"What is hell? The same old smell,
The same old situation,
No Imagination."

Heavy Prog - with much imagination. Imagination is the first track from Rundgren that has absolutely blown my mind in a long time, but I'm guessing that is just how it is with genius. On occasion it is even obvious to me - I might not be it, but I know it when I hear it.

The Gap Band makes time with Nile Rodgers's Chic throughout Serious - scratchy rubber band rhythm guitar chops joust with super fat analog sounding synths, and an angry sounding Todd tramples over the tundra with his steely eyed intent. This is way too much fun for a Todd Rundgren record.

Rundgren's computer generated keyboards sound better than many more organic ivories I've heard over the last couple of decades. He understands tone - nothing grates, and nothing sticks around for longer than it's welcome. In My Mouth is a loping mid paced number that is unclearly ambiguous, but in the best sense - what's in the singer's mouth that he is offering? Could be a kiss, could be a word, but I'm guessing it's a song when it's all said and done.

Ping Me is a desperate plea to communicate - to make us at least feel we're communicating. Just a small reminder that you think of me. One of this record's many beauties is its ability to sound so organically electronic - electronica has never sounded so musical, and that's where Todd has his ace hidden. The melodramatic tone of Ping Me haunts equally to Rundgren's impassioned requests.

Todd weighs in on the war on women with the video game drone of Angry Bird. If Bowie and XTC had ever met up to dance in Berlin, it may have sounded like this - this is a great party. I can't imagine someone not digging this - I know it's subjective and all, but this is great stuff. There's a moment here in which ZZ Tops's Sharp Dressed Man passes Steve Miller's Fly Like An Eagle in the hall, and it's a sit-com classic. They stop, look at one another and then move on in silence after a nod of the head. All of these moments work - there's never a sense of copying for any sake other than fun.

You might not like the instrumental track for Smoke without Rundgren's vocal melodies, and the same can be said for the equation in reverse. The track is one of the stiffer on the album in terms of sounding very quantized, but the jazzy and ethereal vocal saves the day.

Collide A Scope should be the album's classic - it kicks off with some Rush via Godzilla hard rock tomfoolery of the highest order before settling into Todd's best song since, well, maybe ever. This might be the Todd track that gets put into the space capsule. Existential dualism weaves its way through a laundry list of yes/no hello/goodbyes and a sci-fi rock chorus that will have many remembering why they love Canada'a most profitable export.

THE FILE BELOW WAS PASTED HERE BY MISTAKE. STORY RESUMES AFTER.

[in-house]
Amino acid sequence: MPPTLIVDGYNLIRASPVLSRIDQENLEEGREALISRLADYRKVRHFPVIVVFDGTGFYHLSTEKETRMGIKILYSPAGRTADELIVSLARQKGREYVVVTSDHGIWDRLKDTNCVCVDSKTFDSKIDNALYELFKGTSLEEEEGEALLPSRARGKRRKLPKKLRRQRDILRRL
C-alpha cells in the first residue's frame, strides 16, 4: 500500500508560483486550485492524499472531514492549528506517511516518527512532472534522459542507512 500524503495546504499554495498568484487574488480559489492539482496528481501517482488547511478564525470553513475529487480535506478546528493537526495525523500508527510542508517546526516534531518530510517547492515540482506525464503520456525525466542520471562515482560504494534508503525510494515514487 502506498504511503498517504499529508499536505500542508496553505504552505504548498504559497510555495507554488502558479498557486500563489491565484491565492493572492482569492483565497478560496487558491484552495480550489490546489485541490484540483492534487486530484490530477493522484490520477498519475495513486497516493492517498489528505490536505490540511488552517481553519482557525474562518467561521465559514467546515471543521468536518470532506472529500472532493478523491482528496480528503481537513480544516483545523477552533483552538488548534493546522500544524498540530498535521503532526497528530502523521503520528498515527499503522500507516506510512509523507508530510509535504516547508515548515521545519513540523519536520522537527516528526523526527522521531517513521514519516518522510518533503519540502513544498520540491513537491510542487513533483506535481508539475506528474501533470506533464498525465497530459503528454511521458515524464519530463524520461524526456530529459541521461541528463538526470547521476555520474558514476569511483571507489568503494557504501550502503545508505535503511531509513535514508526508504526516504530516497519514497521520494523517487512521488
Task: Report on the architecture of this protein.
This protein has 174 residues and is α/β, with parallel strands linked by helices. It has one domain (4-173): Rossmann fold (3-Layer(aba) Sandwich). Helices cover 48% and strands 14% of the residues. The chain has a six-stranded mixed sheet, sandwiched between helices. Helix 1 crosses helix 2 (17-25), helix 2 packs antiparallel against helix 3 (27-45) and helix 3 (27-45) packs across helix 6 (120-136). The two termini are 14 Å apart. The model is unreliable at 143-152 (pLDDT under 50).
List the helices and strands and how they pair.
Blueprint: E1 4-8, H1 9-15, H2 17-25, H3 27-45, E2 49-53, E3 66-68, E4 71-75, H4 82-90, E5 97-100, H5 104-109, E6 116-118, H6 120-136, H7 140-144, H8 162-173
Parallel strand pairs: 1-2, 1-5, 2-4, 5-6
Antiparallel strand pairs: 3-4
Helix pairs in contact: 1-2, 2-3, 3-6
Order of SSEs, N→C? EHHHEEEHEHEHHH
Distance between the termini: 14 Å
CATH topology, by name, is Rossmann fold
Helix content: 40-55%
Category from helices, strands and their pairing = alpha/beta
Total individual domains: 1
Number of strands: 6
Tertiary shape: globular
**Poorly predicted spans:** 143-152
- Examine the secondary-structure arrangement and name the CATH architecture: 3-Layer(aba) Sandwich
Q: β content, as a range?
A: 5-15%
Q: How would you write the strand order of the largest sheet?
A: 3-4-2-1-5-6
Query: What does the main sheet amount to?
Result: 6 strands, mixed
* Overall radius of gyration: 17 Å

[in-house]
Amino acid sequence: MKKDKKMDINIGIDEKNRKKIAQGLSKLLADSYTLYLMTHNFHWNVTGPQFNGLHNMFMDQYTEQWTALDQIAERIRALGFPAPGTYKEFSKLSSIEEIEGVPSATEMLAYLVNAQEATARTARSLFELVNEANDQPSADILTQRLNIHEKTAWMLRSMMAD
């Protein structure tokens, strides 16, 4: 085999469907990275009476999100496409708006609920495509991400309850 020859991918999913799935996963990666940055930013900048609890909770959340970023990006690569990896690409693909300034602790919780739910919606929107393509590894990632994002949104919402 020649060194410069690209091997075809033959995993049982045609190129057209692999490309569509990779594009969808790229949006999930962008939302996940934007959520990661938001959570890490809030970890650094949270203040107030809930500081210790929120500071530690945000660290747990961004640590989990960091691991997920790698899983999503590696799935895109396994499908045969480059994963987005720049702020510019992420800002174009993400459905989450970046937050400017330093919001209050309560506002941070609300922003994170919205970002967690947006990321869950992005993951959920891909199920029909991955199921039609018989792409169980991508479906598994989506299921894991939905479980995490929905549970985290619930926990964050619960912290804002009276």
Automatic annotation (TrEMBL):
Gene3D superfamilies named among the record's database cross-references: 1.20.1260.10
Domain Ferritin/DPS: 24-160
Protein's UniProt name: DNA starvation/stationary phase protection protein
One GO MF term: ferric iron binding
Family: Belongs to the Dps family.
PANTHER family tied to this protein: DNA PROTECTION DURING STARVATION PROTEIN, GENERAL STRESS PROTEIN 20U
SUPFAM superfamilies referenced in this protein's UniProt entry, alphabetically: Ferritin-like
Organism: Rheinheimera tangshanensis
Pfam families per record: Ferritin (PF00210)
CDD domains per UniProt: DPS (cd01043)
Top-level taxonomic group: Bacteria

The ghosts of Danny Wilson (the band) gathers around Something From Nothing, and if you're unfamiliar with my reference, do yourself a favor and seek them out, and then you too can say, "Oh yeah!" Things are often not what they seem on this platter, and Rungren's rumination on faith is not one of reverence, but rather a cautioning against. Rachel Haden from Todd's touring band joins in on vocals, and her performance is sublime, the perfect foil to TR's voice. A spiritual sibling of sorts to XTC's Dear God?

Speaking of cautionary tales, Party Liquor might be one of the better examples I've heard. The best dance track on the record is not so much a celebration as a pronouncement of last rites. This track is a treat - you've been there, you've seen the balloons and the parade, and then had to clean it up in so many ways.

Sir Reality closes out the record with a trip into the darkside of the world's attachment to untruths. Every line a lie in the kali yuga times of the endless newscycle of big media propaganda. Here, Fripp meets Philip Dick as Todd plays some of the best guitar on the record - I haven't mentioned the guitars much, but they carry their weight in a way that leaves you wanting more. It begs the question, is anyone speaking their mind, or is it just their agendas? A nice bit of spacey prog to return from one of the most satisfying pieces of art to see birth in 2013. This could bring back the concept of the album as a living entity, if anyone would just stop and listen.

Rundgren's best? I'll leave that up to you to decide, but don't miss the opportunity to sit down and listen to this from beginning to end.